Ironically, the main path to Kings in pre-1966 was essentially the same and hikers would skirt by today's Kings summit within 10-20 feet en route to South Kings. Maybe some summitted today's Kings as they went by it, but none knew it was truly the tallest until 1966.
Do some other states have similar highpoint evolutions?
The Winger Book (2nd edition) has a list of the highpoints, circa 1896. It looks like at least 1/2 of them are different from the present-day HP's.
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Joined: January 20th, 2004, 10:33 pm

June 30th, 2005, 5:49 pm #4

I may have brought this up before, but I keep marveling over how Utah's Kings Peak -- today's bonafide highest version -- was unknown until 1966, when satellite measurements were taken of Uinta Mountain Peaks.
I've heard of some old-timers who actually went to today's South Kings Peak (16 feet lower than today's Kings Peak), before 1966 and new don't realize the high point changed.
Ironically, the main path to Kings in pre-1966 was essentially the same and hikers would skirt by today's Kings summit within 10-20 feet en route to South Kings. Maybe some summitted today's Kings as they went by it, but none knew it was truly the tallest until 1966.
Do some other states have similar highpoint evolutions?
I have an old set of encyclopedias from the 1940's. It says Gilbert, Emmons, and Hodges Peak are the highest peaks in Utah. It doesn't even mention Kings or South Kings. Also, does anyone know which peak is Hodges? I've never been able to find that one out.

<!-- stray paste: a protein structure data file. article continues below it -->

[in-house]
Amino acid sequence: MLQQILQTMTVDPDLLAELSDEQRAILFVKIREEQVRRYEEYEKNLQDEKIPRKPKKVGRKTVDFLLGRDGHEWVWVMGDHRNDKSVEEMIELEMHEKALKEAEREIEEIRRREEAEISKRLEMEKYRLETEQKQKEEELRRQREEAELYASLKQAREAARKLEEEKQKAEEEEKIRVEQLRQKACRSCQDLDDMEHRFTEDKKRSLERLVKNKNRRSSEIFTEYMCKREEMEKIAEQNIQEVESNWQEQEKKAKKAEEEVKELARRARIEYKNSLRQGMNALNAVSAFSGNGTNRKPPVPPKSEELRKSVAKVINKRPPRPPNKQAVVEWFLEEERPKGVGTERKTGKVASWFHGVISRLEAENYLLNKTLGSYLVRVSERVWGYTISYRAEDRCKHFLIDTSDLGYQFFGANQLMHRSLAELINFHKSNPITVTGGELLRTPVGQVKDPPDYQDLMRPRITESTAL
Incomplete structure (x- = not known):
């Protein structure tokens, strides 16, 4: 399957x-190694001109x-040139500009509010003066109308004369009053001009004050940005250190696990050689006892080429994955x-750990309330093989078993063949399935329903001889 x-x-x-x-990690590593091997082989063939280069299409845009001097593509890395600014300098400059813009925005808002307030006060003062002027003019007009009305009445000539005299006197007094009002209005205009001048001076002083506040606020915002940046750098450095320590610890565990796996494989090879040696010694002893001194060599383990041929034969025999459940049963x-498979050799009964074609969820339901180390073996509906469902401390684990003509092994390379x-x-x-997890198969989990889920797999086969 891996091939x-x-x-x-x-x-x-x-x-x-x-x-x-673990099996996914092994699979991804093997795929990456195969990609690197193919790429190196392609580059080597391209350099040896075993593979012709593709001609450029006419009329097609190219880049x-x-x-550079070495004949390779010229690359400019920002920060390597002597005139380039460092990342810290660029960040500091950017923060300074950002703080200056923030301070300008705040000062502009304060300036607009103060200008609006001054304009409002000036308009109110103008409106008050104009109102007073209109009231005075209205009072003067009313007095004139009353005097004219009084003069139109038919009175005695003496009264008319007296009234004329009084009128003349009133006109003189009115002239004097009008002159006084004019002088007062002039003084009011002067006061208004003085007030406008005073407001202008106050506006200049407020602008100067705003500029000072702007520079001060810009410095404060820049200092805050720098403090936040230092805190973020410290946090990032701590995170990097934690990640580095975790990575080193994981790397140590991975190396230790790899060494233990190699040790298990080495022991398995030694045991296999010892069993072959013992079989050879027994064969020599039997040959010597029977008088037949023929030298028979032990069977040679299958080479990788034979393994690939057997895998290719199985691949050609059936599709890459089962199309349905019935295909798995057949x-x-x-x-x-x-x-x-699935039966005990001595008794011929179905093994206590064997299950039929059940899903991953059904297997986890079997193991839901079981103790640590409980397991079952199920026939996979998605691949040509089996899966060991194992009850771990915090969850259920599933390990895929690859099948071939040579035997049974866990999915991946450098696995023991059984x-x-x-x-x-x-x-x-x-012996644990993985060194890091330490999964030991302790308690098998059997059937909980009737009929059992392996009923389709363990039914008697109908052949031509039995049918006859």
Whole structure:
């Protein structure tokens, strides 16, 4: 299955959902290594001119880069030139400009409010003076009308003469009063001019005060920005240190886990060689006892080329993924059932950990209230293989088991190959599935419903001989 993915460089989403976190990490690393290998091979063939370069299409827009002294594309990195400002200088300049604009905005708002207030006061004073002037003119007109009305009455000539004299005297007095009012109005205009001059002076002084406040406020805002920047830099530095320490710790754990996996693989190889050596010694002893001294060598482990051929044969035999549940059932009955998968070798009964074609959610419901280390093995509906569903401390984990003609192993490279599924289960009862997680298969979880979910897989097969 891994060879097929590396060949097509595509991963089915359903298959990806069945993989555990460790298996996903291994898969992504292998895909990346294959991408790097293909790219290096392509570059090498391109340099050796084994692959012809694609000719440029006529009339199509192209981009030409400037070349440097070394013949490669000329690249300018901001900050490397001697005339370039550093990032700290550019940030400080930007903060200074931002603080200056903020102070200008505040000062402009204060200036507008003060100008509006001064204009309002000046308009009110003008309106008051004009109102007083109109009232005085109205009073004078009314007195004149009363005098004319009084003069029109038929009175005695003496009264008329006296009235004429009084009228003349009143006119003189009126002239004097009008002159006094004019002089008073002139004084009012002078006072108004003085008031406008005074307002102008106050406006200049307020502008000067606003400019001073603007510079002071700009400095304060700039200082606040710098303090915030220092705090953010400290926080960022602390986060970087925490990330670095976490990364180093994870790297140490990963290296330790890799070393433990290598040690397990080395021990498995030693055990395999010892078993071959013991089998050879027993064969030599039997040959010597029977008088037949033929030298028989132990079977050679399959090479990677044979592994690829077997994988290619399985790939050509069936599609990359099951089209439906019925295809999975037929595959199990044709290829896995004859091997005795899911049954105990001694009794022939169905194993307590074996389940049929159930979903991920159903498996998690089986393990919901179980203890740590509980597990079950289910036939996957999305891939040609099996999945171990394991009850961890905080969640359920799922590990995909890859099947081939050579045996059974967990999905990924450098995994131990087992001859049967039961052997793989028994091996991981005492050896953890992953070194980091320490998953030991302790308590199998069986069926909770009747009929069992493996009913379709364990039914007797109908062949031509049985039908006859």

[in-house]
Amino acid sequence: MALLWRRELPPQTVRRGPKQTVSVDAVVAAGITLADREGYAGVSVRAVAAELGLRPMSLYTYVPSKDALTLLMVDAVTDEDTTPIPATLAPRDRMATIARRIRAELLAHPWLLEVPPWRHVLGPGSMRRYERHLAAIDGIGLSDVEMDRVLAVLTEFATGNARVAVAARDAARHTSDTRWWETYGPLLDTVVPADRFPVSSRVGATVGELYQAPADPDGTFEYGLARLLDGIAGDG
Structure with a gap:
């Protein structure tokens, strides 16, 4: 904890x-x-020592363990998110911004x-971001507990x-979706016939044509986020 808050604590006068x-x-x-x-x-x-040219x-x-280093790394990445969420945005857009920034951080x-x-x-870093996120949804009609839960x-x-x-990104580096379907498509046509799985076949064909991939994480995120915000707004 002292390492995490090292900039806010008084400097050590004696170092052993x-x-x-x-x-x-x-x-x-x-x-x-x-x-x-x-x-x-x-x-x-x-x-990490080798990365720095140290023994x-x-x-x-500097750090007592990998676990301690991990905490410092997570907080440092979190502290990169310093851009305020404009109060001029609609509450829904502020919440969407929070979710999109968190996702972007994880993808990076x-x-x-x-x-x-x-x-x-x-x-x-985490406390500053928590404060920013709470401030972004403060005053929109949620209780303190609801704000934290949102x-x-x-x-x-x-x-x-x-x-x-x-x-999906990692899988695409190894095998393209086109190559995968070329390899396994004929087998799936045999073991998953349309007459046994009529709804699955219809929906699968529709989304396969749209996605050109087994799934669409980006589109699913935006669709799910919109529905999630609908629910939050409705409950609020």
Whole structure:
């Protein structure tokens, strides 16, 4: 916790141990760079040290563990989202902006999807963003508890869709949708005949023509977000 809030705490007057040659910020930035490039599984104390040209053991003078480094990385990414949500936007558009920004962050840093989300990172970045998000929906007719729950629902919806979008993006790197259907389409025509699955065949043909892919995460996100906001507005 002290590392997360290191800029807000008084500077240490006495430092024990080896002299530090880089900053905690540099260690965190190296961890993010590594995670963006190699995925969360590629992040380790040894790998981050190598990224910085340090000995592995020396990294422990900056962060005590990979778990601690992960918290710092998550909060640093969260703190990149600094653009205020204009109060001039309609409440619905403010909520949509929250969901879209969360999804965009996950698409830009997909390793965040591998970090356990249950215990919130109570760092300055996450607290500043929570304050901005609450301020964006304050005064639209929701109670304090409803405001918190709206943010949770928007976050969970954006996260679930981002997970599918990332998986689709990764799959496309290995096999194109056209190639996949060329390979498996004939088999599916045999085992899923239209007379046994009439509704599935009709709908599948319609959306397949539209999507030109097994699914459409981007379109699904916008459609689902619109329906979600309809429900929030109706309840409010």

Also, I don't remember the year, but it wasn't that long ago that Wheeler Peak in Nevada was listed as Nevada's highest (instead ofBoundary Peak).
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Joined: January 20th, 2004, 10:33 pm

June 30th, 2005, 5:54 pm #5

Some other states that have points that were previously thought to be state high points (but were later found not to be) include:

Louisiana (Gentry Hill)
Iowa (Ocheyedah Mound)
Michigan (Mount Curwood)
North Dakota (Black Butte)
Delaware (Centerville)

Of interest, though, is that on June 17, 1966, Vin Hoeman (along with Kit Hoeman) climbed both South Kings Peak and Kings Peak and, in his notes, specified their elevations of 13,512 feet and 13,528 feet, respectively. He found a 3-foot high cairn containing a Horlick's malted milk balls container housing the summit register at the summit of Kings Peak. Kings Peak was Hoeman's 46th state highoint. He had been traveling away from home since September 1965 and probably planned to visit Kings Peak before he left on his extended climbing trip to southeastern Alaska, Washington, Utah (HP on 6/17/66), Nebraska (attempted HP on 11/3/65; reached HP on 6/2/66), Iowa (Ocheyedah Mound on 11/5/65), Illinois (HP on 11/6/05), Indiana (HP on 11/7/65), Ohio (stopped by USAF outside gate at Campbell Hill on 11/7/65), Pennsylvania (HP on 11/8/65), Maryland (HP on 11/8/65), Delaware (visited old HP on 11/16/65; reached true HP on 5/8/66), New Jersey (HP on 11/17/65), New York (HP on 5/22/66), Connecticut (HP on 12/2/65), Rhode Island attempted HP on 12/2/65; reached HP on 5/17/66), Massachusetts (HP on 12/7/65), Wisconsin (12/10/65), North Dakota (HP on 12/12/65), Colorado, Guatemala (HP on 2/1-2/66), Colombia (HP on 2/21/66), Ecuador (attempted HP on 3/4/66, but became sick at 17,000 feet), Peru (HP on 3/15/66), Bolivia, Chile, Argentina (HP attempted on 4/19/66; reached 15,000 feet), Jamaica, Maine (HP on 5/19/66), and Vermont (HP on 5/21/66).